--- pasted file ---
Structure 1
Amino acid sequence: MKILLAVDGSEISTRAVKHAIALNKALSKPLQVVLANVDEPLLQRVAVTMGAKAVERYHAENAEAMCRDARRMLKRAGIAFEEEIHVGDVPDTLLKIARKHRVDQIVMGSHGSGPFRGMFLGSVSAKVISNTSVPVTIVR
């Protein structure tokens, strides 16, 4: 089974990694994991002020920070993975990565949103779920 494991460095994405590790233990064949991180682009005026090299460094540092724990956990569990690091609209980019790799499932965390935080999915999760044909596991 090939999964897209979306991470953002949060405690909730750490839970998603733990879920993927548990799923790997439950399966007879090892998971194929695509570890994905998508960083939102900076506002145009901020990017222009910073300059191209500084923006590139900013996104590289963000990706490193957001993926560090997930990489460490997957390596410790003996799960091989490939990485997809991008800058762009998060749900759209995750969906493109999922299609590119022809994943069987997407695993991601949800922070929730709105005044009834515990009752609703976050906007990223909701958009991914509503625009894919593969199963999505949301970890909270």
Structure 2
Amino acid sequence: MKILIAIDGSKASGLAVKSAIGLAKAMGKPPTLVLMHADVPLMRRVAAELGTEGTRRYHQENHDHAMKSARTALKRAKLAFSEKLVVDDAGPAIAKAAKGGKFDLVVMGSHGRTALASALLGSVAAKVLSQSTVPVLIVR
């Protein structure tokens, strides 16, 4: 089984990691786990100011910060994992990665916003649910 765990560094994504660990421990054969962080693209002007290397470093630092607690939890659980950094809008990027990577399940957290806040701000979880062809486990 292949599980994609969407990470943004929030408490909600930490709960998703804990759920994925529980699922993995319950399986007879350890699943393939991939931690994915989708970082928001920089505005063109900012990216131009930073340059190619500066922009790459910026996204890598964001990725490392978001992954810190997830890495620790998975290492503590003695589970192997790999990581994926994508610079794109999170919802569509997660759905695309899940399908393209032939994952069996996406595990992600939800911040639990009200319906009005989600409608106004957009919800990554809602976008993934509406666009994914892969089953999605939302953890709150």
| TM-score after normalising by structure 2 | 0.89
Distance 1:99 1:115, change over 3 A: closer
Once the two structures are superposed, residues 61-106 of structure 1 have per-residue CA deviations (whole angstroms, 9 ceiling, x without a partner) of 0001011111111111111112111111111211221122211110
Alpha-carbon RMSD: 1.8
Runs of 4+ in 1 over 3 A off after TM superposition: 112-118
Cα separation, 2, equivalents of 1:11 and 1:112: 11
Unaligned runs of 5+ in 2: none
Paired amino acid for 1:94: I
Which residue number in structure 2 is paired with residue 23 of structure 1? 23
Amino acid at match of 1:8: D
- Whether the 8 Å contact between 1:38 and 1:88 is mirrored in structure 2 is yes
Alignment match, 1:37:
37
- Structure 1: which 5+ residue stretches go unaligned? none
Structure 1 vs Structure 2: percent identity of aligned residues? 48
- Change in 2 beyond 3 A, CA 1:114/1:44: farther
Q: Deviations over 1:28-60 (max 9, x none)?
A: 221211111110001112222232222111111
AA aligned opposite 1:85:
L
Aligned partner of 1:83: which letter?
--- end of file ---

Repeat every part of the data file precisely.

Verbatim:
Structure 1
Amino acid sequence: MKILLAVDGSEISTRAVKHAIALNKALSKPLQVVLANVDEPLLQRVAVTMGAKAVERYHAENAEAMCRDARRMLKRAGIAFEEEIHVGDVPDTLLKIARKHRVDQIVMGSHGSGPFRGMFLGSVSAKVISNTSVPVTIVR
């Protein structure tokens, strides 16, 4: 089974990694994991002020920070993975990565949103779920 494991460095994405590790233990064949991180682009005026090299460094540092724990956990569990690091609209980019790799499932965390935080999915999760044909596991 090939999964897209979306991470953002949060405690909730750490839970998603733990879920993927548990799923790997439950399966007879090892998971194929695509570890994905998508960083939102900076506002145009901020990017222009910073300059191209500084923006590139900013996104590289963000990706490193957001993926560090997930990489460490997957390596410790003996799960091989490939990485997809991008800058762009998060749900759209995750969906493109999922299609590119022809994943069987997407695993991601949800922070929730709105005044009834515990009752609703976050906007990223909701958009991914509503625009894919593969199963999505949301970890909270």
Structure 2
Amino acid sequence: MKILIAIDGSKASGLAVKSAIGLAKAMGKPPTLVLMHADVPLMRRVAAELGTEGTRRYHQENHDHAMKSARTALKRAKLAFSEKLVVDDAGPAIAKAAKGGKFDLVVMGSHGRTALASALLGSVAAKVLSQSTVPVLIVR
């Protein structure tokens, strides 16, 4: 089984990691786990100011910060994992990665916003649910 765990560094994504660990421990054969962080693209002007290397470093630092607690939890659980950094809008990027990577399940957290806040701000979880062809486990 292949599980994609969407990470943004929030408490909600930490709960998703804990759920994925529980699922993995319950399986007879350890699943393939991939931690994915989708970082928001920089505005063109900012990216131009930073340059190619500066922009790459910026996204890598964001990725490392978001992954810190997830890495620790998975290492503590003695589970192997790999990581994926994508610079794109999170919802569509997660759905695309899940399908393209032939994952069996996406595990992600939800911040639990009200319906009005989600409608106004957009919800990554809602976008993934509406666009994914892969089953999605939302953890709150």
| TM-score after normalising by structure 2 | 0.89
Distance 1:99 1:115, change over 3 A: closer
Once the two structures are superposed, residues 61-106 of structure 1 have per-residue CA deviations (whole angstroms, 9 ceiling, x without a partner) of 0001011111111111111112111111111211221122211110
Alpha-carbon RMSD: 1.8
Runs of 4+ in 1 over 3 A off after TM superposition: 112-118
Cα separation, 2, equivalents of 1:11 and 1:112: 11
Unaligned runs of 5+ in 2: none
Paired amino acid for 1:94: I
Which residue number in structure 2 is paired with residue 23 of structure 1? 23
Amino acid at match of 1:8: D
- Whether the 8 Å contact between 1:38 and 1:88 is mirrored in structure 2 is yes
Alignment match, 1:37:
37
- Structure 1: which 5+ residue stretches go unaligned? none
Structure 1 vs Structure 2: percent identity of aligned residues? 48
- Change in 2 beyond 3 A, CA 1:114/1:44: farther
Q: Deviations over 1:28-60 (max 9, x none)?
A: 221211111110001112222232222111111
AA aligned opposite 1:85:
L
Aligned partner of 1:83: which letter?